CVS Health is looking to create a national network of community medical clinics that will serve as "America's front door to quality health care."

That's the goal, according to a statement by CEO Larry Merlo on his company's deal for Aetna. It's an ambitious one for CVS, a company better known as a quick stop for Tylenol and a Coke.

To get there, CVS agreed to pay $69 billion in cash and stock for Aetna, the companies said Sunday. The companies said that together they want to offer more health care services in CVS drugstores.

"CVS wants to be more than just a retail outlet," says Craig Garthwaite, a professor at Northwestern's Kellogg School of Management. "They're expanding the retail clinics so they won't be quite urgent care, but they'll resemble a direct primary care facility."

The company changed its name to CVS Health three years ago and is trying to reposition itself has a health care company rather than just a drugstore.

The vision is that customers, especially those covered by Aetna insurance policies, will seek more of their basic health care at an expanded CVS clinic.

CVS operates more than 1,100 MinuteClinics at locations in its drugstores and within Target stores. CVS says its pharmacists and nurse practitioners can provide ongoing health care for people with chronic conditions like diabetes, high blood pressure or asthma.

"Patients with diabetes will receive care in between doctor visits through face-to-face counseling at a store-based health hub, and remote monitoring of key indicators such as blood glucose levels," CVS said in the announcement of the acquisition.

The companies are counting on the notion that people will prefer going to a clinic around the corner over making repeated trips to their doctors that might require appointments and waits.

Garthwaite says the combination will also alter CVS's incentives when providing pharmacy benefits – which it does now for nearly 90 million people including most of those with Aetna health plans. "If you only have responsibility for the cost of the diabetes medication, you might impose a higher co-pay," Garthwaite says. "If you're responsible for all the medical costs that can ensue if people don't get their diabetes medications, then you may want a smaller co-pay."

The CVS-Aetna combination is enormous, but it's also the continuation of a trend toward insurance companies and health care providers getting together to offer integrated service, said Walid Gellad, a doctor and professor of health policy and management at the University of Pittsburgh.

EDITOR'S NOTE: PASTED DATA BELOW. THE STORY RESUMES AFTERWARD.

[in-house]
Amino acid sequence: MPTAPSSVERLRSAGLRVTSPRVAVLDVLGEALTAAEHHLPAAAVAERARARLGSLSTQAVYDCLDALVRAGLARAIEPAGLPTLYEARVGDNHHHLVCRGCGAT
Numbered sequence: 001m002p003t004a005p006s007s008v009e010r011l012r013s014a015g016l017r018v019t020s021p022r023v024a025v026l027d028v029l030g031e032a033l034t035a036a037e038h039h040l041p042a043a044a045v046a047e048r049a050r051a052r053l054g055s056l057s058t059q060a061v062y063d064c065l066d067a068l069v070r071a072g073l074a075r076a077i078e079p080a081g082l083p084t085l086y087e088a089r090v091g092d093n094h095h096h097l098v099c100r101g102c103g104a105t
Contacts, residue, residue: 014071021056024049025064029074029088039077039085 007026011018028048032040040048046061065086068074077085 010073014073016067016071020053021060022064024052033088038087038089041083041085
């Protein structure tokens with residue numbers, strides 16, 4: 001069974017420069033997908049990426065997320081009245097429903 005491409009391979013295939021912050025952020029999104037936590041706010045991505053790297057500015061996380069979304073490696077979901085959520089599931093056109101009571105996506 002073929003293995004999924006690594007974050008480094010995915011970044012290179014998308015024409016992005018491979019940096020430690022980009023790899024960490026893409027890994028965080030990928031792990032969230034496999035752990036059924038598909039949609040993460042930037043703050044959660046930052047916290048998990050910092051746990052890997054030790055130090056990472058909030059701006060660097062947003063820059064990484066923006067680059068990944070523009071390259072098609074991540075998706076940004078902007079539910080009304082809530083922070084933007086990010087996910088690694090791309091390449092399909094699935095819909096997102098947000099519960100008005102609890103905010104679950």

For example, the insurance company Oscar Health signed a deal to work with the Cleveland Clinic to sell health coverage in Ohio.

The combination of CVS and Aetna aims for something else. "This is a different angle because the delivery part is focused on pharmacies, not hospitals or doctor's offices," Gellad says. "Many are pushing for more health care services to happen in pharmacies, and this is one mechanism to make that happen."

He says Aetna could help drive patients into the CVS clinics by making it cheaper to go there than to a primary care doctor. "The real potential here is for changing how healthcare is delivered in primary care settings," he says.

CVS doesn't need to buy Aetna to make that happen, says Lynn Quincy, a consumer health care analyst at Altarum, a health care analysis and consulting firm. She says she's skeptical that the combination of the two companies will lead to savings for consumers.

"We already see that pharmacy benefit managers don't really use their clout in service to consumers," she says. "Nothing about this deal says that's going to change."

It's unlikely that CVS will really transform itself from a pharmacy company to an integrated health care company, says Martin Gaynor, a professor of economics at Carnegie Mellon University. "That's an awfully big step," he says. "In fact, it's more than just a step to go from where they are to becoming a health care hub."

He says the obvious motivation behind the merger is that CVS and Aetna can save money on prescription drugs by simplifying the complicated way medications are paid for, and eliminating one middlemen looking to make a profit.

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